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ABSTRACT: The complement component 9 (C9), a major cytolytic protein in the complement system, plays an important role in the immunological process. However, associations between genetic variations of the complement factor and chronic hepatitis B virus infection still need to be investigated. We hypothesized that genetic variations in the complement component 9 gene can influence the clearance of chronic hepatitis B virus infection, hepatocellular carcinoma occurrence, and onset age of hepatocellular carcinoma. To investigate the relationship between complement component 9 variations and these disease phenotypes, we performed a case-control association analysis in a Korean population. Genetic variations were identified through direct DNA sequencing and genotyped using TaqMan assay (n = 1,103). In order to investigate the relationship of complement component 9 with chronic hepatitis B virus clearance and hepatocellular carcinoma occurrence, differences in SNP and haplotype frequency distributions were analyzed using logistic and multiple regression analyses with adjusted age and gender as covariates. Although +23189C>T polymorphism in exon 4 and C9_ht2 [T-G-C-A-C] were significantly associated with clearance of chronic hepatitis B virus infection and hepatocellular carcinoma occurrence, the association signals were not retained after multiple testing corrections. We conclude that variations in the complement component 9 gene are unlikely to influence clearance of chronic hepatitis B virus infection and hepatocellular carcinoma occurrence. Although this preliminary result provides meaningful information, further functional investigations in other genetic factors for pathway analyses are required.Digestive Diseases and Sciences 03/2011; 56(9):2735-41. DOI:10.1007/s10620-011-1657-3 · 2.55 Impact Factor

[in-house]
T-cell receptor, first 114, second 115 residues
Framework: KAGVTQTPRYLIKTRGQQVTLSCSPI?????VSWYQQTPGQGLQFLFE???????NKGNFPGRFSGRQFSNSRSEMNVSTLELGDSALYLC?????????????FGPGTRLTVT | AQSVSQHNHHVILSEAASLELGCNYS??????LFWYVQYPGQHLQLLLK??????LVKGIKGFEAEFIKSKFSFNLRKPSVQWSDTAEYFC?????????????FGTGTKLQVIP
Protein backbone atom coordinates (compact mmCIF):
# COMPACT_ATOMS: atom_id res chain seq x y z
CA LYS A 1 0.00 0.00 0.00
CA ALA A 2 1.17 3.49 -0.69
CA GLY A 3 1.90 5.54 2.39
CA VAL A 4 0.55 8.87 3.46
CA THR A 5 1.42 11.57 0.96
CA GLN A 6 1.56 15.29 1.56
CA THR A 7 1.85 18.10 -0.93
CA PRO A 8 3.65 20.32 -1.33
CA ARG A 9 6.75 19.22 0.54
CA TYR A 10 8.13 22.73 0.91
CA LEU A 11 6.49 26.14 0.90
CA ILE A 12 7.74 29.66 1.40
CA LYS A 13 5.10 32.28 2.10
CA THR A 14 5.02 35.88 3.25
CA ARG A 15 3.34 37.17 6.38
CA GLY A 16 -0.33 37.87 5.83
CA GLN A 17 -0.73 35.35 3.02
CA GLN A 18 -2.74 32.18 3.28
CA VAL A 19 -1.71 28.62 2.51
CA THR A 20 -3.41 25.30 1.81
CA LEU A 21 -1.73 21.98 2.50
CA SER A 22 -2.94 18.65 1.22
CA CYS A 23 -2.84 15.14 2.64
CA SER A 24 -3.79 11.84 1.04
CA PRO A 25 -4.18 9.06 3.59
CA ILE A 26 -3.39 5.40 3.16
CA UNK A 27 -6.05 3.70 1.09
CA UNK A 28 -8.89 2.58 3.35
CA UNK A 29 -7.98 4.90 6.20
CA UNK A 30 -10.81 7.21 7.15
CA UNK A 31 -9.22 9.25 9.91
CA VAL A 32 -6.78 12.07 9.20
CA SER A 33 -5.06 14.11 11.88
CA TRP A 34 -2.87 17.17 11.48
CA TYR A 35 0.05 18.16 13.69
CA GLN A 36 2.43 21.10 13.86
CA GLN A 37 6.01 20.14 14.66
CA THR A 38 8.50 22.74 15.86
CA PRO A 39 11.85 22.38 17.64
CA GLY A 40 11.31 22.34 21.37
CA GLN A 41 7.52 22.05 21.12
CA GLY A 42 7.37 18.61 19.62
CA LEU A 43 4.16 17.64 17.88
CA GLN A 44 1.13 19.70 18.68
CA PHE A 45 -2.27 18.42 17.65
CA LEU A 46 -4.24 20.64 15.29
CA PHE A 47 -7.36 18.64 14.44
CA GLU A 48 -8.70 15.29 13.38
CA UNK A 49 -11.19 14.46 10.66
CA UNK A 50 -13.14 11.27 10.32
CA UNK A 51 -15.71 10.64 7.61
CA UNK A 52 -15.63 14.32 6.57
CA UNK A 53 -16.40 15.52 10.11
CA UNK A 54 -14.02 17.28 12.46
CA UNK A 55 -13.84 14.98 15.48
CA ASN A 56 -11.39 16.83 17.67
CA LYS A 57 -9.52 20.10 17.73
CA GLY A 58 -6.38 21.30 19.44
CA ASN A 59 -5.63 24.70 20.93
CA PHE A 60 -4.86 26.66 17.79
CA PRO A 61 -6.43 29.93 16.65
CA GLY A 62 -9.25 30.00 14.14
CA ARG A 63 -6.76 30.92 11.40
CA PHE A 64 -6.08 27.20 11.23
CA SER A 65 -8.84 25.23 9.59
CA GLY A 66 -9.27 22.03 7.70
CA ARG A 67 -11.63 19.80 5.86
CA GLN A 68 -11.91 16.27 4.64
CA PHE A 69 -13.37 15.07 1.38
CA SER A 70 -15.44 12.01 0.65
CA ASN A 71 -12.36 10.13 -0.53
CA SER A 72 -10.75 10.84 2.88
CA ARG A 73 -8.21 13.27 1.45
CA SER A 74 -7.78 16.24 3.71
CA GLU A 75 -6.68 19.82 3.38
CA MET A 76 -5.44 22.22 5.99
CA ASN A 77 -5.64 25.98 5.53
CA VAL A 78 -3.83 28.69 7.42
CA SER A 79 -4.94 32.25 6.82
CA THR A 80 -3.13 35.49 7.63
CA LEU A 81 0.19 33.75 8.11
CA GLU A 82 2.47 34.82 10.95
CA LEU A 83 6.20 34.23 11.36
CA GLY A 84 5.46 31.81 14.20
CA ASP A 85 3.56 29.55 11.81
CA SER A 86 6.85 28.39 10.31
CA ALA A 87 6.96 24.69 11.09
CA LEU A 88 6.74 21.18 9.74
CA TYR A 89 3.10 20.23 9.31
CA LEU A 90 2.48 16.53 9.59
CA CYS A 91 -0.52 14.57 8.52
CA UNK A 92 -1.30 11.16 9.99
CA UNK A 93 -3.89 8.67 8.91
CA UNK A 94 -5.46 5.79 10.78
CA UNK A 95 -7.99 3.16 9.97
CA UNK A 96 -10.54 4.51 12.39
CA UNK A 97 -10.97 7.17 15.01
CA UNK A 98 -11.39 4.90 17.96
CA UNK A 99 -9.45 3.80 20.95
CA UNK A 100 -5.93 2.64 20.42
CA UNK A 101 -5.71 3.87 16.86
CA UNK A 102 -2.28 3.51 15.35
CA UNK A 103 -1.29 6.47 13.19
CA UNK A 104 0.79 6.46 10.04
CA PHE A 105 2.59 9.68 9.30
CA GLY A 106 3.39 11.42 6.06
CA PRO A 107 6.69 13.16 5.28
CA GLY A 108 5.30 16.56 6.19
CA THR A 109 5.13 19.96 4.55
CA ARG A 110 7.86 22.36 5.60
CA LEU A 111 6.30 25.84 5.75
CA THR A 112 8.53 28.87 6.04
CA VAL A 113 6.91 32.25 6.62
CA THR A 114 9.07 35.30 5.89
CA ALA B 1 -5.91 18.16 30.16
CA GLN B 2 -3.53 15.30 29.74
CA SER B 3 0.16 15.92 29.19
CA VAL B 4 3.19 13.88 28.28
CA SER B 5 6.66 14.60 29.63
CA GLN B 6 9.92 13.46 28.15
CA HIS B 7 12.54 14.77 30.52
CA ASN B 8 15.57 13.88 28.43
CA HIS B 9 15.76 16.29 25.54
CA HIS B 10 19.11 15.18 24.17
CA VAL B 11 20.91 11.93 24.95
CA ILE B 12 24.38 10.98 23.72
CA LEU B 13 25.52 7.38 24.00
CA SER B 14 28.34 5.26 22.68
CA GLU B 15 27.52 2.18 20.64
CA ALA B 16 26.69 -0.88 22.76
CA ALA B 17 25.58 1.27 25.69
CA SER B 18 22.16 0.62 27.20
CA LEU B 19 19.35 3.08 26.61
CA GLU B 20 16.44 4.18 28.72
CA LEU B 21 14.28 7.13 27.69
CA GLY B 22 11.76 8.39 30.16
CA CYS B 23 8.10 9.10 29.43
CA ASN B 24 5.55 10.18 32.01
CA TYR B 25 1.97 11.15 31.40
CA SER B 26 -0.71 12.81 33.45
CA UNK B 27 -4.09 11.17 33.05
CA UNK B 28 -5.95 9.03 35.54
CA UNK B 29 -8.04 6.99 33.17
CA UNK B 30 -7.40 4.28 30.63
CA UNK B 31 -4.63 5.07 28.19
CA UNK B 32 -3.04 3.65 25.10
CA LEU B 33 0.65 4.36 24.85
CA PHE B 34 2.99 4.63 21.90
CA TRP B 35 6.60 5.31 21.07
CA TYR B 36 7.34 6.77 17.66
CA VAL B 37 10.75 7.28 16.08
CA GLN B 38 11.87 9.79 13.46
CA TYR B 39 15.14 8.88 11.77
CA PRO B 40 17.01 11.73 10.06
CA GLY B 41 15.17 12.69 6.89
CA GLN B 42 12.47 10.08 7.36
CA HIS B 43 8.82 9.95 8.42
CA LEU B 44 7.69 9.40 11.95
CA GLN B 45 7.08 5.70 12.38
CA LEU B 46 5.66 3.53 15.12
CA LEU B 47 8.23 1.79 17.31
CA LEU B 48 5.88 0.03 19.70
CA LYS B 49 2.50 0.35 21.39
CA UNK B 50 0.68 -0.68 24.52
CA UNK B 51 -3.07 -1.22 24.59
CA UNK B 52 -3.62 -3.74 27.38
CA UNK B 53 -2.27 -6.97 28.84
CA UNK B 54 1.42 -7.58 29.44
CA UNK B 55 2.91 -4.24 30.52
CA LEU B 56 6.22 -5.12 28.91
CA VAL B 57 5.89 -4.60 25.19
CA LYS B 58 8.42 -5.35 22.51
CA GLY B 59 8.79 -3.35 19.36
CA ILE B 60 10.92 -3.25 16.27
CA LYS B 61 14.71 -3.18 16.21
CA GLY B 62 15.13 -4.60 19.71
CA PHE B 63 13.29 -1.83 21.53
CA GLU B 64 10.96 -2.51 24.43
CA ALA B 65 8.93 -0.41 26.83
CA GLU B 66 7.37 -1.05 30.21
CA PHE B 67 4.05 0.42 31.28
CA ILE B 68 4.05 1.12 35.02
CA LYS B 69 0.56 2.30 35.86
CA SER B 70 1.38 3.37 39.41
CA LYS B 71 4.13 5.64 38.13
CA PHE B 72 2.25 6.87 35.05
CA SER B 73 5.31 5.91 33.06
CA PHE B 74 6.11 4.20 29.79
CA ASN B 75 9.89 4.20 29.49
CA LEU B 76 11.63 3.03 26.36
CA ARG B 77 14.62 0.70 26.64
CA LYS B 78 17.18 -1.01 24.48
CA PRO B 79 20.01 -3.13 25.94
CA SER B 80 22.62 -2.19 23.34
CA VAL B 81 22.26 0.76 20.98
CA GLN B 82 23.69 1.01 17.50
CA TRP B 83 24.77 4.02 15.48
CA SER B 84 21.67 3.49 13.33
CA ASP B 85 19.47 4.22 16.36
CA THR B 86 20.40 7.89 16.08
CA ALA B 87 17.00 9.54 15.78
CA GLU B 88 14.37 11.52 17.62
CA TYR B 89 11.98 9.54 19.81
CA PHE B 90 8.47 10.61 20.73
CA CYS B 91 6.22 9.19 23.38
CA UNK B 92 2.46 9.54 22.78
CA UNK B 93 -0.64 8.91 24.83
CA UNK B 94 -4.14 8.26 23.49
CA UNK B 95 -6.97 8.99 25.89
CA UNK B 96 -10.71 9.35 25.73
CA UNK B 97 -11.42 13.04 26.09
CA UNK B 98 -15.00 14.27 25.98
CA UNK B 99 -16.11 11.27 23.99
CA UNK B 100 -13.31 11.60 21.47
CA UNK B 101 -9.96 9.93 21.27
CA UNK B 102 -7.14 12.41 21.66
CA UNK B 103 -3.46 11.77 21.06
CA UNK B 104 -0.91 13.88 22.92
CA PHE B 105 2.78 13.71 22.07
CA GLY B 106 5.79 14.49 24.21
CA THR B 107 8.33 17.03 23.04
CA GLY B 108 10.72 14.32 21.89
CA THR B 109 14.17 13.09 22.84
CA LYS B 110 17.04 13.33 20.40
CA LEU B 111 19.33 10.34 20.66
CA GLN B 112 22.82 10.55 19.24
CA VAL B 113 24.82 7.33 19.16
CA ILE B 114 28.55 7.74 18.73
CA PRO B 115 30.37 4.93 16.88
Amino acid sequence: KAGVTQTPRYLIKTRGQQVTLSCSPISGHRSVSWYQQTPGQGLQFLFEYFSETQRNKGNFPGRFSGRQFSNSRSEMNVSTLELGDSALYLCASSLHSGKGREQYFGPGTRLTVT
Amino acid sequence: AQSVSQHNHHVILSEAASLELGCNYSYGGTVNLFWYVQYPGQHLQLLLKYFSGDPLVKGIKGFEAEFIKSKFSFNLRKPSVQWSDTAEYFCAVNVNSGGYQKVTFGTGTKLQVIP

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ABSTRACT: BACKGROUND: Autoantibody testing is used to diagnose autoimmune hepatitis (AIH), a cause of chronic liver disease (CLD). However, various autoantibodies are often detectable in patients with CLD due to other causes too. Since data on autoantibody prevalence in Indian patients with CLD are limited, we decided to undertake the current study. METHODS: Patients with CLD with a known cause other than AIH and a separate group of patients with CLD in whom no cause could be identified were studied. Indirect immunofluorescence assays were used to detect anti-nuclear antibodies (ANA), anti-smooth muscle antibodies (ASMA) and anti-liver-kidney microsomal antibodies (anti-LKM). Serum dilutions tested were 1:80 for ANA and 1:40 for other autoantibodies. RESULTS: Of the 175 patients with CLD of a known cause, 69 (39 %) had one or more autoantibodies, including ANA in 35 (20 %) patients and ASMA in 44 (25 %) patients. None had anti-LKM. The prevalence rates of any autoantibody, ANA and ASMA were similar in patients with CLD due to alcohol (34 %, 20 %, and 24 %, respectively), HCV infection (43 %, 20 %, and 26 %) and HBV infection (40 %, 18 %, and 25 %). The most common ANA pattern observed was speckled (29/35 patients), followed by nucleolar (5/35) and homogeneous (1/35). The ASMA titers did not exceed 1:80. The antibody prevalence rates were similar in patients with liver cirrhosis and chronic hepatitis, and in those with different disease severity. Serum IgG levels were similar in patients with and without detectable autoantibodies. Patients with no known cause of CLD (n = 50) had similar prevalence rates of autoantibodies, ANA or ASMA. CONCLUSION: Autoantibodies were detected in a large proportion of patients with CLD, both cryptogenic and with known cause. Detection of autoantibodies in CLD does not necessarily indicate a diagnosis of AIH, and presence of homogenous pattern of ANA may be more relevant. Indiscriminate testing for autoantibodies in patients with CLD, especially those with a known cause, may not be warranted.Indian Journal of Gastroenterology 09/2012; DOI:10.1007/s12664-012-0247-4